Foreign Minister Wang Yi reiterated China’s support for Africa’s “economic autonomy and sustainable development” while on an official visit to Addis Ababa, the capital city of Eastern African country Ethiopia.
Chinese people treated more than 200 million local patients, helped Africa build more than 10,000 km of highways, 6,000 km of railways and hundreds of airports, ports and power stations over the last decades, Wang stressed.
Rejecting “rumors” according to which the growing economic ties between China and Africa resulted in a growing debt burden for the latter, the Chinese official implied that other countries might be attempting in discrediting China’s support that he depicted as “a model not only for South-South cooperation but also for international cooperation with Africa”.
According to official statistics, China became Africa’s largest trade partner in 2009, rising from less than $20 billion in 2002 to a staggering $215 billion in 2014.
Latest available annual figures showed a relative slowdown in bilateral trade with $170 billion in 2017, however up 14.1 percent year-on-year. China’s exports to Africa reached US$94.74 billion, up 2.7%; China’s imports from Africa reached $75.26 billion, up 32.8%; the trade surplus was $19.48 billion, down 45.2% year-on-year.
Investors have been monitoring China’s economy for a long time and any good or bad figure from Hong Kong and Shenzhen does impact global markets. The resignation of US Defense Secretary James “Mad Dog” Mattis after two years with the Trump administration comes as additional evidence of how the United States might deal with the 21th century’s strategic environment.
Beyond the consequences of a US military withdrawal from the on-the-ground combat against the Islamic State (ISIS) in the Syria-Iraq area from stability and energy viewpoints, this is more about Russia and chiefly about China that Mattis’ resignation bears significant relevance.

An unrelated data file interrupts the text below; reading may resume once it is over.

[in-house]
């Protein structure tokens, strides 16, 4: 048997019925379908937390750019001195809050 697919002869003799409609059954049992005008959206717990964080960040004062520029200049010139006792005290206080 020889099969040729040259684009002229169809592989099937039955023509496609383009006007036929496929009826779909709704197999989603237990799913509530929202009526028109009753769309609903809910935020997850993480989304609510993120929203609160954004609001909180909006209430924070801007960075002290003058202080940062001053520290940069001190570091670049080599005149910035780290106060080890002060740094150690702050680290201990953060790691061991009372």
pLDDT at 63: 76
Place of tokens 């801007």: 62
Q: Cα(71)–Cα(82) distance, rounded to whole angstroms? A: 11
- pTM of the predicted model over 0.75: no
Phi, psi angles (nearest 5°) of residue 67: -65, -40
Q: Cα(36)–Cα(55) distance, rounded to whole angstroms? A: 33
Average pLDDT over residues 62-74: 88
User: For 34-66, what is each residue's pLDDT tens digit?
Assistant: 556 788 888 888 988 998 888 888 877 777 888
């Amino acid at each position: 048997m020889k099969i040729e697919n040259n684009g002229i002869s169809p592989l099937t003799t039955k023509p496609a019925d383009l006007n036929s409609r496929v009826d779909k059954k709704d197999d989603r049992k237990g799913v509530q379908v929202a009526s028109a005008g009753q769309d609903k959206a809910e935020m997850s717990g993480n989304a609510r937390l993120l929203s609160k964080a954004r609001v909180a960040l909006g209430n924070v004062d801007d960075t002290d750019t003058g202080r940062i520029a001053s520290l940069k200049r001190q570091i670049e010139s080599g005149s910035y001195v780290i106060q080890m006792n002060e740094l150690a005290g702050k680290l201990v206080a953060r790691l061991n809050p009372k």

“I believe we must be resolute and unambiguous in our approach to those countries whose strategic interests are increasingly in tension with ours,” wrote General Mattis in his resignation letter. “It is clear that China and Russia, for example, want to shape a world consistent with their authoritarian model”, stressed Mattis.
As a result, investors should understand that from a global strategic perspective, a number of US officials do envisage growing tensions – be it a cold or a hot war – between the United States-NATO and a China-Russia axis. Although any military confrontation seems unlikely today, the loosening of nuclear weapons and nonproliferation treaties plus trade disputes have grown while China emerged as the world’s second largest economy and while the United States searched to meet the long-term challenge of its increasingly contested leadership.
Clearly, James Mattis writes that the relationship between the West and Asia is likely already engaged on a rocky road already, and any savvy investor should take this into account on a worldwide scale.
On June 12, 2015, the Shanghai Composite Index (SSE) jumped to 5,166 points while its US counterpart Dow Jones Industrial Average (DJIA) rose to 17,898 points at an even more moderate pace.
Three-and-a-half years ago, therefore, it was on the Chinese side that investors were looking for strong growth potential, at least in the value of their quoted shares as the recovery of the US economy backed global growth.
Today, the cards have clearly changed hands since the situation is more or less reversed with the SSE which has fallen to 2,598 points, down 49.71 percent since its top of June 2015, and with the DJIA which despite entering the correction zone in October 2018, however, remains at a historically high level at 24,688 points, up 37.93 percent in the same period.
Against the backdrop, the gradual decline in Chinese economic growth and President Xi Jinping’s ambition to turn his country from the workshop of the world into a consumer economy have contributed to this sharp stock market depreciation of Chinese assets even though the peak of 2015 appears a posteriori as a typical buyer excess.
Considering the long-term potential of China and taking into account the ups and downs of its trade negotiations with the United States, it seems relevant to look now for possible good buying opportunities in the Chinese market, especially in the consumer and energy sectors.